You wouldn’t take a Ford Fiesta to race in Formula 1 or use a Corgi for a police dog. Although all chickens lay eggs, there are significant differences in the number of eggs you can expect from each breed.

Of course, not all chicken breeds are equal when it comes to egg laying and when choosing the right breed, chicken owners need to balance potential egg production with other factors like cold hardiness, temperament, and just plain old good looks. Leghorns have historically been popular egg layers, but they produce white-shelled eggs, are noisy, and rarely become broody. These may not be ideal characteristics for homesteaders who want to build up their flock.

If you specifically want to acquire chickens to lay eggs, there are some excellent tried and tested breeds that can deliver a lot of eggs. However, if you also plan to eat the meat, you should consider a dual-purpose breed that will also provide decent quality meat, like Rhode Island Reds or Sussex.


Chickens that receive a balanced diet containing enough protein and calcium to support egg laying are more likely to produce a consistent supply of eggs. Young chicks should receive grower feed, but when they come into lay at around 20 weeks, they need to be switched to a staple layer that has a much higher calcium content.

As hens age, they will benefit from having additional sources of calcium available. Egg production and quality can be significantly affected by dietary deficiencies.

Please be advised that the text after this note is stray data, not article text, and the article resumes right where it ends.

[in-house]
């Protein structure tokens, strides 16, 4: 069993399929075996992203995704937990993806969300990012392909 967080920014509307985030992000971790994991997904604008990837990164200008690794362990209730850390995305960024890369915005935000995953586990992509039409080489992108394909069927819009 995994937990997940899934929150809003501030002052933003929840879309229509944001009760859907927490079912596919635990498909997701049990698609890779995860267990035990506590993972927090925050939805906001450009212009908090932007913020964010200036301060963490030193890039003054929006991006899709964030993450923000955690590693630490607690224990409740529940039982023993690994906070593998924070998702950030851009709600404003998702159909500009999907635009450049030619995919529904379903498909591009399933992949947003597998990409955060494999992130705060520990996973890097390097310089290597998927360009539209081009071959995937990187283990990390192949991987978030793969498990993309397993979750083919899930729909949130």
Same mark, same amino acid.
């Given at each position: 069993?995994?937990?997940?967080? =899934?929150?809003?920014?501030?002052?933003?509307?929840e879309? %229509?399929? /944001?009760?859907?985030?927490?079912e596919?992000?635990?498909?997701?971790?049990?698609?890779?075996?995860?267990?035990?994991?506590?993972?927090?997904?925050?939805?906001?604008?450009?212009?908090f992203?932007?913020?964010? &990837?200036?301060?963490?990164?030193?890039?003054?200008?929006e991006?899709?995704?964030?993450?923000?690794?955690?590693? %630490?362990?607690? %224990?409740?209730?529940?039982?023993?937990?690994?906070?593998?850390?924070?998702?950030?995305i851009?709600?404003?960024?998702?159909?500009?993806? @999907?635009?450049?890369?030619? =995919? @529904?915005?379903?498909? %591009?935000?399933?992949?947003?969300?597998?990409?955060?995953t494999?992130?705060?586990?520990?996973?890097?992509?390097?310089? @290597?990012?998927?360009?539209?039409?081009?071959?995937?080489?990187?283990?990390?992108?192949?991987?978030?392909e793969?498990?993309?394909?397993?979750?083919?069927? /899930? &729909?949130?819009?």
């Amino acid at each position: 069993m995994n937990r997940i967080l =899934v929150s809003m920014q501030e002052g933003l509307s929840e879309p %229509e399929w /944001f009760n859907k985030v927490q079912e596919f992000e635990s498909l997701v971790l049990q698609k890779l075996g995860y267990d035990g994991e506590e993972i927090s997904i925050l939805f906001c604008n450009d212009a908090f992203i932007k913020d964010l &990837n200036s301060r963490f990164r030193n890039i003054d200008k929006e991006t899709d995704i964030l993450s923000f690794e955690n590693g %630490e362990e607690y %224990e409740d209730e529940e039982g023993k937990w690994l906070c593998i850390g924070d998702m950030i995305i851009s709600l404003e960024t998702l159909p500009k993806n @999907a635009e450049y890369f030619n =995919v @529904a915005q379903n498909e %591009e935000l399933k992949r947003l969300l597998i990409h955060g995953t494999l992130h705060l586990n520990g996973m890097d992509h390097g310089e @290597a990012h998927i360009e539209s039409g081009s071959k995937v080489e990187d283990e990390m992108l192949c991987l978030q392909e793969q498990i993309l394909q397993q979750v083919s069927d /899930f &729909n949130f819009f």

Check out my article on feeding hens here.


Most breeds lay fewer eggs in winter. This is because the daylight hours are much shorter, and ovulation will only happen if a hen gets 14-16 hours of light daily. Some breeds are more likely to continue to lay consistently throughout the year, but they may not be among the highest egg-producing breeds.


Chickens are incredibly tuned into what is going on around them. Any number of things can cause stress, but common causes are:

All of these factors will affect a chicken’s production cycle. So no matter what breed you have, if the hens are feeling stressed, they are unlikely to produce eggs at the expected rate.


During their first year, when young hens are referred to as pullets, the chickens will lay for as long as daylight allows. These young birds are exempt from the annual molt, which signals a break from laying for the older hens.

Molting usually takes place when the weather cools down ahead of winter. Old summer feathers are discarded, and new, warm layers are set down to cope with the cold weather to come. Producing feathers is an extremely protein-heavy exercise, so during the molt, which can last 8 to 12 weeks, older hens usually don’t lay at all.

Do chickens sometimes lay 2 eggs a day?

Did you know that chickens can sometimes lay 2 eggs a day?

That’s right, chickens are capable of laying more than one egg per day, although it is relatively rare. In most cases, chickens will only lay one egg every 24 hours. However, there are some circumstances where a chicken may lay 2 eggs in a single day.

Some experts believe that this phenomenon is linked to the amount of daylight that the chicken is exposed to. Chickens that are kept in conditions where they experience long periods of daylight are more likely to lay 2 eggs in a day than those that are kept in areas with shorter days.

So, if you’re ever lucky enough to find a chicken that lays 2 eggs in a day, you can be sure that you’ve found a real rarity!

how often do chickens lay eggs naturally?

Chickens are amazing creatures that can lay eggs almost every day! In fact, a chicken will typically lay one egg every 24 to 26 hours. This means that a hen can lay anywhere from 240 to 280 eggs in a single year.